Easily accessible software and hardware via the internet is what the cloud is all about. The cloud can do much more than that though. It can also save you money, allow the sharing of one application among multiple customers (this is called multitenancy), and even track actual computer utilization.
One way a company can save a lot of hassle is to generate transparency. This is through (but not limited to) recording the usage of storage, bandwidth, and active user accounts from both the provider and customer. Companies also save money with the cloud because it is much cheaper to not have to deal with your own servers, hardware, electricity costs, and other maintenance. This can potentially lead to an increase in IT capacity for a company. However, despite all the potential benefits cloud computing has to offer, there are some obstacles to cloud computing adoption that some may find more unbearable than others. These include the possibility of lower than average internet speeds (which can put a damper on your cloud productivity), lack of standardization with application programs and platforms, uncertainty of the reliability and security of the service (is my data safe?), and the reliance on the staff of the cloud provider to maintain and control IT performance.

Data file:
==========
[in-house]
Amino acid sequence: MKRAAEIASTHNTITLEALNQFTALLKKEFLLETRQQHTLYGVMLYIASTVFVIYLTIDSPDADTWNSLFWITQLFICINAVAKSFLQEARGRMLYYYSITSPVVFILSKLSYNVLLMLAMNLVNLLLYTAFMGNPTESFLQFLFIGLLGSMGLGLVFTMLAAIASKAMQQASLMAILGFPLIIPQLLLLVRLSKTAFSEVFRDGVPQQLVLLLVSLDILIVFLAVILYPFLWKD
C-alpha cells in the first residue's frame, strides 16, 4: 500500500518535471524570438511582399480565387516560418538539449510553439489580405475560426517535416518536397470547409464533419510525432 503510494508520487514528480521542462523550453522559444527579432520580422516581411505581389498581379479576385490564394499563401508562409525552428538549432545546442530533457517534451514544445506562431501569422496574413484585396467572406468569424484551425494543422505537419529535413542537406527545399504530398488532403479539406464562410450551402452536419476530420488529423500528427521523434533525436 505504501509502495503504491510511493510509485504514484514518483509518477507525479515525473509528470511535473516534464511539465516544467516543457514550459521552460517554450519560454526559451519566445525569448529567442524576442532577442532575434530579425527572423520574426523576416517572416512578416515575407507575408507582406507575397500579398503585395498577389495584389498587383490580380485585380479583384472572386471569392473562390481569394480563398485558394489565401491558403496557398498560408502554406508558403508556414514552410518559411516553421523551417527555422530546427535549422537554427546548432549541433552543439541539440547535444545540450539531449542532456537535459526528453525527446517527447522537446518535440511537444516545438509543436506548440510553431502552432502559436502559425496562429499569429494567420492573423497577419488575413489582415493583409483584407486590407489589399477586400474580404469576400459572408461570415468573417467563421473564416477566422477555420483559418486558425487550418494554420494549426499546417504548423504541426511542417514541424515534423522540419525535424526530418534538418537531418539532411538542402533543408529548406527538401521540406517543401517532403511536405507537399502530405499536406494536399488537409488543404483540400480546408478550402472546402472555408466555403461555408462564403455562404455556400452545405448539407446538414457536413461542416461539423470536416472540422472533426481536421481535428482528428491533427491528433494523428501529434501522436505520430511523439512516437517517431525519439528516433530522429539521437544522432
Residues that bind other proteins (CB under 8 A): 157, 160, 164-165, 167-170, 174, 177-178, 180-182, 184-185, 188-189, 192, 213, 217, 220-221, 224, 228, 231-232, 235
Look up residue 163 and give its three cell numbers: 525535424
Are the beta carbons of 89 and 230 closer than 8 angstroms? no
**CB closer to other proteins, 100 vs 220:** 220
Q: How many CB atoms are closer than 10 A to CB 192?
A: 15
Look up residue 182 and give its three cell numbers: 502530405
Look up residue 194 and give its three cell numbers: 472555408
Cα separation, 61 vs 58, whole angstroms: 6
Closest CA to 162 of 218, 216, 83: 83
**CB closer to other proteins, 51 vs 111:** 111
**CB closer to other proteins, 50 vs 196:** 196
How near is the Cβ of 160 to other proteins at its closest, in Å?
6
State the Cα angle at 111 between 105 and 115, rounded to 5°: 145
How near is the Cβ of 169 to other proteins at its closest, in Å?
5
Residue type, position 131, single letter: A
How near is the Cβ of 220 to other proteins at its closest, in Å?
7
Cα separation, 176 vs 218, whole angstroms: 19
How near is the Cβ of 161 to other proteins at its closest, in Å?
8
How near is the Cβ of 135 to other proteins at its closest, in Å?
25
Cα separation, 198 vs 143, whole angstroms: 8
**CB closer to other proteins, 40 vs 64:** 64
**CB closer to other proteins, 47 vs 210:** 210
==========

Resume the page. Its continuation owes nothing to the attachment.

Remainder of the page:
Organizations can be a little reluctant to adopt new cloud technologies unless they are sure a relative advantage can be seen compared to existing technologies they are comfortable with. The solution is to take the idea of adopting the cloud a little more seriously. Make sure the value of the cloud is laid out in front of you clearly before making such an executive decision. A better understanding of the cloud usually leads to an eventual adoption. Another factor in the adoption decision is the companyâ€™s pre-existing policies, values, technological infrastructure, and business needs. Many companies find they are much better off managing their own servers in order to ensure without a doubt there is no data leakage or loss of data. This has happened in the past with cloud providers (iCloud, for instance) but instances such as this are few and far between.
Just trying the software out temporarily is usually enough to make a company feel more comfortable about adopting the technology. Has your company adopted the cloud yet? If not, what are some of the reasons or concerns holding you back? Weâ€™d love to help you put those skeletons back in the closet!